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New Jersey Law Will Give Sex Abuse Victims Much More Time To Sue

According to WCBS 880, New Jersey will soon be joining New York and several other states in expanding the civil statute of limitations for sexual abuse cases, with Gov. Phil Murphy set to sign a new law in the coming days.

Patricia Teffenhart, executive director of the New Jersey Coalition Against Sexual Assault, says the impact the law will have cannot be overstated.

“This will finally allow survivors in New Jersey more time to come forward and hold their perpetrators accountable for the crimes that they committed,” she said.

Murphy is expected to sign the bill on Monday. It would give sexual abuse survivors much more time to bring civil cases against their alleged abusers and the organizations that employed them.

“The two-year civil statute of limitations has been insufficient and not responsive to the trauma of this particular crime,” Teffenhart said.

The bill gives victims seven years to file suit after they’ve come to terms with the effects of the abuse they’ve suffered.

Similar to New York’s law, it also gives any victim a two-year window to file suit regardless of when the abuse happened.

It’s expected to go into effect on Dec. 1.

The bill’s lead sponsor, State Sen. Joe Vitale, told WCBS 880’s Steve Burns that he was approached in 1999 by someone recounting childhood abuse by a priest.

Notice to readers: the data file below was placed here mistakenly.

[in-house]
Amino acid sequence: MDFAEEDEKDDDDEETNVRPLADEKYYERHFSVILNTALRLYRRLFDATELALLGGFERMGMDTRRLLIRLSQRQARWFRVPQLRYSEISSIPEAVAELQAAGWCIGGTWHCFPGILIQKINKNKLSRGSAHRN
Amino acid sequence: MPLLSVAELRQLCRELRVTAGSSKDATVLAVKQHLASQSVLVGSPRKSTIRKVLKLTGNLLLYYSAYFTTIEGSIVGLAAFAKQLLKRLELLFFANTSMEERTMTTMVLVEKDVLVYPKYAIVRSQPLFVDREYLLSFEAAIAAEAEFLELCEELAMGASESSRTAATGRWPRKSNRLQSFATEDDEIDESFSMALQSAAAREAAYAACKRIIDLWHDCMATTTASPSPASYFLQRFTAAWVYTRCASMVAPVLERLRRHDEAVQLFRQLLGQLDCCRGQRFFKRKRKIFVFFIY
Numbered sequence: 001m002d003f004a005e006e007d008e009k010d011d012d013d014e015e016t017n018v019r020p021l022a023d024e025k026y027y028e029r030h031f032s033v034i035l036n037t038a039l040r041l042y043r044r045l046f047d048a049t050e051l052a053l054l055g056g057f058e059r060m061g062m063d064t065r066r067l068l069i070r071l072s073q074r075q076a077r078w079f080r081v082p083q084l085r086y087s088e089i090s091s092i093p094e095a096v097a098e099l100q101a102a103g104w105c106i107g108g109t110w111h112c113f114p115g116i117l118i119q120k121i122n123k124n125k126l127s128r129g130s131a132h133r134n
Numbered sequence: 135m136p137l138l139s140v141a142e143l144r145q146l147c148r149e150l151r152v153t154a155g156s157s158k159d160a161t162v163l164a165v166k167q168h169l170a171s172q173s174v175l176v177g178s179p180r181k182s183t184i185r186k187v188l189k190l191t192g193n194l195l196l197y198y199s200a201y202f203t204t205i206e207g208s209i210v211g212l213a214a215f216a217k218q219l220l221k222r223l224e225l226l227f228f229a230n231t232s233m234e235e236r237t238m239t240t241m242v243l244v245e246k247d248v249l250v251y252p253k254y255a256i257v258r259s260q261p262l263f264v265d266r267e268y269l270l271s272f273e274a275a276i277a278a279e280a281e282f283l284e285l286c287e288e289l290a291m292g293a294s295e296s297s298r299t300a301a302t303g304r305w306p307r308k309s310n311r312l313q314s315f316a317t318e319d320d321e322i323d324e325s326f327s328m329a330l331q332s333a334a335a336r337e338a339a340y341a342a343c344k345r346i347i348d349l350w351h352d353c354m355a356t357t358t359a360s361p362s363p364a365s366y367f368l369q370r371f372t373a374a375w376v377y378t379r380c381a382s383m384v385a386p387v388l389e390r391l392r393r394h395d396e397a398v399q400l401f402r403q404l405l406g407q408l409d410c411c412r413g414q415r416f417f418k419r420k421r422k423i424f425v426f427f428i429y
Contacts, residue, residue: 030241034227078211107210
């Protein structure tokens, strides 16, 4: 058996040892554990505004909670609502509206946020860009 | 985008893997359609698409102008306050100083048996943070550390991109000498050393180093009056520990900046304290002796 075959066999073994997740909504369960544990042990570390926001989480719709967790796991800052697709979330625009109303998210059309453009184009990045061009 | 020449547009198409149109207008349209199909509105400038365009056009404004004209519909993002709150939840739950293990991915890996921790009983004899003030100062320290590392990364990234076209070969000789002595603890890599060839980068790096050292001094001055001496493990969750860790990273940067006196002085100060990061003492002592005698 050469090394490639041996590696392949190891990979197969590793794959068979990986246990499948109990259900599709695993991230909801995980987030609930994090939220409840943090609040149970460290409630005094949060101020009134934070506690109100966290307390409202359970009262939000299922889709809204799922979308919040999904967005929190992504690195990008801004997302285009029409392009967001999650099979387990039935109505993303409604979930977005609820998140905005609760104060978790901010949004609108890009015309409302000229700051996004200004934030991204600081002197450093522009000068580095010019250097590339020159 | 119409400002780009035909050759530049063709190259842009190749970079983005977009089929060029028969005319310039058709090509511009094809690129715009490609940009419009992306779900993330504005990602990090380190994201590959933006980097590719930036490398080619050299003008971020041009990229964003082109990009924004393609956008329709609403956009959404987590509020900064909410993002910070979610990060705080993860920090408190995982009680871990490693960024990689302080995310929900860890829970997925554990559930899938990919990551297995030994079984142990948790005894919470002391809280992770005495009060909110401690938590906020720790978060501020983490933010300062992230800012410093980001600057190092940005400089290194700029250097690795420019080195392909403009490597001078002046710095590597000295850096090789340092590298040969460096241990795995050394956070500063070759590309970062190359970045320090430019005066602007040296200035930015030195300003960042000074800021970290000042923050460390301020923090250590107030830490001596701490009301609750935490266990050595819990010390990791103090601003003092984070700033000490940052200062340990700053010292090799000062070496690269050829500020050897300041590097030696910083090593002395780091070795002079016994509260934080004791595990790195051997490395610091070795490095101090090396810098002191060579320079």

“I was just floored by it and certainly upset by it. I began to work on ways in which to change the law,” he said. 

It was a slow process over the next two decades.

“We didn’t have a lot of support,” Vitale said. “Some of my colleagues didn’t understand why we would do this or that we had a governor who would not sign the bills.” 

Everything changed last year, he says, when Pennsylvania released its report listing several hundred clergy members who had been credibly accused of abuse.

“It was sort of an awakening by many of my colleagues,” Vitale said.

The New Jersey Attorney General’s Office is working on a report similar to Pennsylvania’s.

Vitale says survivors can never get closure, but at least they can have access to the justice system.

“It gives them a sense of accountability and proof that this actually did happen to them,” he said. 

According to nationally recognized sex abuse attorney Jeff Herman, “To leave any victim, at any age, without recourse to seek the justice they deserve is devastating to the survivor and dangerous to future generations of children – anywhere.”

At least one in 10 children will experience child sexual abuse before age 18, but most will either delay reporting for months or years, if they come forward at all. New York had a problem and fixed it. The New York Child Victims Act gives survivors of sexual abuse a limited one-year window beginning Aug. 14, 2019 to file a civil claim and seek justice.  

“The healing process begins as soon as one speaks about the tragedy that happened to them. This one-year window in New York provides the opportunity for those who have suffered in silence to have a voice — the opportunity to be compensated for the pain and suffering that too many have endured,” said Jeff.


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